The main purpose of antitrust laws in the United States is to encourage competition among businesses and help eliminate monopolies. The intent is to allow consumers the opportunity to decide which business or distributer best meets their needs. Otherwise, consumers may be left with limited options and may become victim to destructive business practices. Recently, the announcement of the $2.7 billion settlement between claimants and Blue Cross Blue Shield relates to antitrust laws and violations of fair competition. Policyholders who may be eligible to receive a piece of this class action lawsuit include those who were covered by Blue Cross Blue Shield plans from February 2008 to October 2020.
According to claimants, in an effort to reduce the level of competition in certain territories, Blue Cross Blue Shield formed agreements with other branches of the insurance company. By narrowing the consumer options for health insurance and administrative services for health insurance, divisions of Blue Cross Blue Shield were able to charge increased rates for coverage. Despite this argument, the insurance company defended their plans and procedures. According to their business model and conduct, their plans provided greater access of insurance coverage to consumers, at lower healthcare expenditures. While the settlement does not serve as an admission of guilt on behalf of the defendant, both parties chose to come to an agreement to help avoid further accrued costs of litigation.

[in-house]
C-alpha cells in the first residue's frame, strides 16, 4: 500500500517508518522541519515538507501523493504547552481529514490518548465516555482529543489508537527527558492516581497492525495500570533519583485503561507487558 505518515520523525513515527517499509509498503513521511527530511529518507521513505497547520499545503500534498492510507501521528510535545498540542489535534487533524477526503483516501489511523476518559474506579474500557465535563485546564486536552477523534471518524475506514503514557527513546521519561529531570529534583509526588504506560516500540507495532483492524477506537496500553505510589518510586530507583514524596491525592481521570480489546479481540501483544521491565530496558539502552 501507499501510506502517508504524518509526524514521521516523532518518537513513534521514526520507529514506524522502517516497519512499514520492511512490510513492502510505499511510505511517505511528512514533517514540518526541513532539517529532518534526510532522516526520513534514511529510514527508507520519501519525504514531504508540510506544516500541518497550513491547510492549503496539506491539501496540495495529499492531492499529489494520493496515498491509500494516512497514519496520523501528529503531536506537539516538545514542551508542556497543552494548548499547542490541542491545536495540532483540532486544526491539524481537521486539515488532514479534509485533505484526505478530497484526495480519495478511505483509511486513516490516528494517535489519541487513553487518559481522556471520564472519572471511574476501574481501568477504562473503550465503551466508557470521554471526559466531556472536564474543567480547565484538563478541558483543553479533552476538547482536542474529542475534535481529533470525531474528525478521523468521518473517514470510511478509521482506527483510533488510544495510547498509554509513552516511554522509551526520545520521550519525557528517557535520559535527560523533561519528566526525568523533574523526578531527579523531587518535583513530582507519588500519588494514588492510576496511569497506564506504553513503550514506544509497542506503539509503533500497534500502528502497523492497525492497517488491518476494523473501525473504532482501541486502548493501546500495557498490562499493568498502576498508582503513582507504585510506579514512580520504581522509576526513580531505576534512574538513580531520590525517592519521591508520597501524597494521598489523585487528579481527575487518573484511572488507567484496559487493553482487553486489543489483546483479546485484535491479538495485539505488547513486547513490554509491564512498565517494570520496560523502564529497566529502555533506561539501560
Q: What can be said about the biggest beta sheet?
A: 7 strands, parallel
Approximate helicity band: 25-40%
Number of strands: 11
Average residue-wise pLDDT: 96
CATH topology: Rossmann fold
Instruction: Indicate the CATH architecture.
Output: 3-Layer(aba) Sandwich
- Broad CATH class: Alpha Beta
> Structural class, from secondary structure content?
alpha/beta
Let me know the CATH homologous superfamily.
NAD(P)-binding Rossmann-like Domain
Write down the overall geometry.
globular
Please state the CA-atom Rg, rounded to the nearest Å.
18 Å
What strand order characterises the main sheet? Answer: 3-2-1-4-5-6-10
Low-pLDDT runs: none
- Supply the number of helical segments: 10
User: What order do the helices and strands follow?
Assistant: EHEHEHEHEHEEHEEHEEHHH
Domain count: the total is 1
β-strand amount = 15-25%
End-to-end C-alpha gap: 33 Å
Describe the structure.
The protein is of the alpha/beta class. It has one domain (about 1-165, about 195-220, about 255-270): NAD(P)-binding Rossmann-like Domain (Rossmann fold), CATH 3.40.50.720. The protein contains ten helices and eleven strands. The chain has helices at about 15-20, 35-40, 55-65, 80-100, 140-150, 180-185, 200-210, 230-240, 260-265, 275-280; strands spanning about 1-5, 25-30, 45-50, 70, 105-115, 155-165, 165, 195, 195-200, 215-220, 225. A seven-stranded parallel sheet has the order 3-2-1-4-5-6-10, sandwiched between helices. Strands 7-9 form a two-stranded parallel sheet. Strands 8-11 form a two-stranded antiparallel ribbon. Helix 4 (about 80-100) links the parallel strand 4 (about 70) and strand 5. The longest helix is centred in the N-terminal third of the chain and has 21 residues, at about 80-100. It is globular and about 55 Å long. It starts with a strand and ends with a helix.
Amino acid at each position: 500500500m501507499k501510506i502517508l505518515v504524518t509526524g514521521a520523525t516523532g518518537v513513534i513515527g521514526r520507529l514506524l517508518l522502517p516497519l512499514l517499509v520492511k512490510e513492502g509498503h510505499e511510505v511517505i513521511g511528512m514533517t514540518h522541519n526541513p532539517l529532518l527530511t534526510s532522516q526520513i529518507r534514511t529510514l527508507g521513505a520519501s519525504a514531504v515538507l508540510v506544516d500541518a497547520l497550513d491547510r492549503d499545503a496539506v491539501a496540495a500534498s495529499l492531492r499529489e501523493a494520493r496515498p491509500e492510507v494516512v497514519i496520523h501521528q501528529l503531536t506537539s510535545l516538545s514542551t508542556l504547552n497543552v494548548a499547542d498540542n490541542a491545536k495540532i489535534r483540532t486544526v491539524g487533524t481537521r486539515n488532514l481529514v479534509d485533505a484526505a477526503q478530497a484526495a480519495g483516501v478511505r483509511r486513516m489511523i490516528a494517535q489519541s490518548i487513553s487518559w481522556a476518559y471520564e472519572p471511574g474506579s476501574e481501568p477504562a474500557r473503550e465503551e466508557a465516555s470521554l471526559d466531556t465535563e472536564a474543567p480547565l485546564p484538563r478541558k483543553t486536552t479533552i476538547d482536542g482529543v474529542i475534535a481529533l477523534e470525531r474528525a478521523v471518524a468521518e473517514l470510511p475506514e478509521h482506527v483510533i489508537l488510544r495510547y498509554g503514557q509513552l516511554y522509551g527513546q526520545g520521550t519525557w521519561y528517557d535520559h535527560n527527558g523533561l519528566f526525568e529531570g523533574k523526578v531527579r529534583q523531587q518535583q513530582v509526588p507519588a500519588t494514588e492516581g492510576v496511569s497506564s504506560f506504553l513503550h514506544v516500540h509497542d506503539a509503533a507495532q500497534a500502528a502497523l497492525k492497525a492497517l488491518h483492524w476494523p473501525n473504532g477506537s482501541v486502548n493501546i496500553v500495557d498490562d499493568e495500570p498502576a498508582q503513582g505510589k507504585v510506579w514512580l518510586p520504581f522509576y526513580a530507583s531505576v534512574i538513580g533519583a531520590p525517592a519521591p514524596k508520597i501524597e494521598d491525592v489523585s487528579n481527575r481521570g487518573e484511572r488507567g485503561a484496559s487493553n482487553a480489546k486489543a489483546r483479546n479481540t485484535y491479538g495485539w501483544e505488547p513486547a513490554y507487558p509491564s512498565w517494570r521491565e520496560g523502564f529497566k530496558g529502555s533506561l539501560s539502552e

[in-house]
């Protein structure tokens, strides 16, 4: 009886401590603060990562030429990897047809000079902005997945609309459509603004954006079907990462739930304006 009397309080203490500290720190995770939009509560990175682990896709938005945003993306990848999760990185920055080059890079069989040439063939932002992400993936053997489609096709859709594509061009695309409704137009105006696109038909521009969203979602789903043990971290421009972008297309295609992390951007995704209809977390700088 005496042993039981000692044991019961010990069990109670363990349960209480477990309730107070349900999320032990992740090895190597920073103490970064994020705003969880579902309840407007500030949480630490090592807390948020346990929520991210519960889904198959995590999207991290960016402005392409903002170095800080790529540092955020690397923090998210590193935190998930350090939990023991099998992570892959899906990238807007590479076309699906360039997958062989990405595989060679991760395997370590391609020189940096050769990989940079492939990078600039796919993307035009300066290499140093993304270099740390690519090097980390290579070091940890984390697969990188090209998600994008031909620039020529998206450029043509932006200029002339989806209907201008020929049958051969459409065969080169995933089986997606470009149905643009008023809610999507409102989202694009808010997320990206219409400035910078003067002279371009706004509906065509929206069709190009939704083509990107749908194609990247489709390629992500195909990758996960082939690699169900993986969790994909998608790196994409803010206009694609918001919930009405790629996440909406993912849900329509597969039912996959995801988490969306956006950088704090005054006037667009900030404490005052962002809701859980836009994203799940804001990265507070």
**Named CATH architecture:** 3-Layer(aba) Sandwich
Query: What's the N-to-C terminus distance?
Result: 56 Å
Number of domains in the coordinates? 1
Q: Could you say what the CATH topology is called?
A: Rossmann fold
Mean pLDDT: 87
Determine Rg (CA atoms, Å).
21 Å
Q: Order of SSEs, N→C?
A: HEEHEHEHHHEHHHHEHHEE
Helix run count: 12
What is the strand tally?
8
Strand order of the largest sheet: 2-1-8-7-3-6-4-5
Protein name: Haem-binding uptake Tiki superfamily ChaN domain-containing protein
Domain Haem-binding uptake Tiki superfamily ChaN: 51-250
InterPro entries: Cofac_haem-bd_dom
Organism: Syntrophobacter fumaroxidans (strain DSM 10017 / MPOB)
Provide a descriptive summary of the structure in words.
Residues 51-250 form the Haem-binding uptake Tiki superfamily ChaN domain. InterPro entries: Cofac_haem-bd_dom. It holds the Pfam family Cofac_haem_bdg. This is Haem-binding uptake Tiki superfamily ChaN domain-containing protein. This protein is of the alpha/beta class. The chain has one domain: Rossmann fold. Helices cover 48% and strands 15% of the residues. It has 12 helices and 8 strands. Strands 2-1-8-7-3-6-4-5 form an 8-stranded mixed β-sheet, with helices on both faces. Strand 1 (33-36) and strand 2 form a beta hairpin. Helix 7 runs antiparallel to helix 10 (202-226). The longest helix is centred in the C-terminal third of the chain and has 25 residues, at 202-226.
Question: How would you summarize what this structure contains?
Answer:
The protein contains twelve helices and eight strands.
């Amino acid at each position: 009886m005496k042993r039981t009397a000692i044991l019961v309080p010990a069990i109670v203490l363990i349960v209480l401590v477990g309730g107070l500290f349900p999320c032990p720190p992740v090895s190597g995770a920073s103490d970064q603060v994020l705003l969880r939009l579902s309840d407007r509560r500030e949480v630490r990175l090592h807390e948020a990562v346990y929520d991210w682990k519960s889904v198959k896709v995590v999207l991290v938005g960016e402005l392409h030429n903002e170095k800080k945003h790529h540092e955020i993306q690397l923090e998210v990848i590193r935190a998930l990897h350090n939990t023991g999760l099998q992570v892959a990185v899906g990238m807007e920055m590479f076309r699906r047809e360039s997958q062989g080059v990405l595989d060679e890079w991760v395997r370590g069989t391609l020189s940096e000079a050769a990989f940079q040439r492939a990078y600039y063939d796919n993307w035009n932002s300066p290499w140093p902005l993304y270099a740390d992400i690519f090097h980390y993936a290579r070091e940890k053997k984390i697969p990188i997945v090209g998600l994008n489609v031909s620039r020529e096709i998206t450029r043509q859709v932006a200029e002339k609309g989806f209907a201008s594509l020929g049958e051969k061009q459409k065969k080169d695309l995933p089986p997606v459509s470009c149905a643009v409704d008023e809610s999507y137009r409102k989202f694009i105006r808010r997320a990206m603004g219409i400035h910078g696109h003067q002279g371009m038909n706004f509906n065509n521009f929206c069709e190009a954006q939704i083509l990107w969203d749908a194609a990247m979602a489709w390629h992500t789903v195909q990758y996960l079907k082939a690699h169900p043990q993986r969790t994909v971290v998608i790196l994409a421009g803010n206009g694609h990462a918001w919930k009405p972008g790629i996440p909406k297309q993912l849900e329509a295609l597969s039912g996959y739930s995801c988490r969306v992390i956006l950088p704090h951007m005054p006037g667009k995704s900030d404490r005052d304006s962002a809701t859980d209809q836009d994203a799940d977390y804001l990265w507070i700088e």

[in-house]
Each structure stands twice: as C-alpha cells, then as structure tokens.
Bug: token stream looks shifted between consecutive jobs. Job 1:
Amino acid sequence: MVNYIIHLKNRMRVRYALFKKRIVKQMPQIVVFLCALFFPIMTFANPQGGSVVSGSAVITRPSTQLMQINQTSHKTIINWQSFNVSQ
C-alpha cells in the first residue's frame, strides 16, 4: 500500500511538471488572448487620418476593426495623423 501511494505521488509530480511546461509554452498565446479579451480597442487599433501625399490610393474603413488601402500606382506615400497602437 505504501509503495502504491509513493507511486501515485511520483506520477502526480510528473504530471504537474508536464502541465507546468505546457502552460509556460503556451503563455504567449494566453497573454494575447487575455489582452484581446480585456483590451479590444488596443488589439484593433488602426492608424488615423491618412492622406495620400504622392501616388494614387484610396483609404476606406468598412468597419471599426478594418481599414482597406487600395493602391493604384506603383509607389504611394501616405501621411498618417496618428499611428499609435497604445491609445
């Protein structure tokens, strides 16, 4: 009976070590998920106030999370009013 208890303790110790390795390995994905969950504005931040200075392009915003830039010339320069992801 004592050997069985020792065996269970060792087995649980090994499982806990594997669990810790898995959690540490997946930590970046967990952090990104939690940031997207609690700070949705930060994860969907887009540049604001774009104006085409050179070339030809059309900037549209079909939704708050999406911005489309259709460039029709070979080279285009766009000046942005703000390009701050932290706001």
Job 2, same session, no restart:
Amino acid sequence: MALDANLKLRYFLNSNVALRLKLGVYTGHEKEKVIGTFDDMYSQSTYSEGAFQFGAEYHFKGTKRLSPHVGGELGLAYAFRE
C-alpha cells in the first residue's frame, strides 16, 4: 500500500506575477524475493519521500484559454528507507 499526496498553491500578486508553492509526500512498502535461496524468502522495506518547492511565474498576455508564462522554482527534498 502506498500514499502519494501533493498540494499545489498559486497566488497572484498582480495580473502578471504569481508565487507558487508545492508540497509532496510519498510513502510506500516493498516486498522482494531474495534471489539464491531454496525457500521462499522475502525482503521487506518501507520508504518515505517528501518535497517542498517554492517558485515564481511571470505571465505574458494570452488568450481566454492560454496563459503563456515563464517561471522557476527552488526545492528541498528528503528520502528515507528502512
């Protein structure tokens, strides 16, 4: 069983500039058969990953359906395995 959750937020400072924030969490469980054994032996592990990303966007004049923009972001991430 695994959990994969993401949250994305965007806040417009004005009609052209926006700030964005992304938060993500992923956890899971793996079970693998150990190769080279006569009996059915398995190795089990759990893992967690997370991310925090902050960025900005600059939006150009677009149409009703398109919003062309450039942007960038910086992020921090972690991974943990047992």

Although legal counsel will most likely receive $700 million of that proposed settlement, claimants may be entitled to about $2 billion of the remaining amount. Those wishing to receive a portion of this settlement may file online or by mail by November 5, 2021. By this date, potential claimants may either file, opt out of the settlement to pursue a separate lawsuit, object to the settlement, or take no form of action. This monumental case was approved in an Alabama courtroom last year and marks one of the largest settlements involving an insurance company in US history.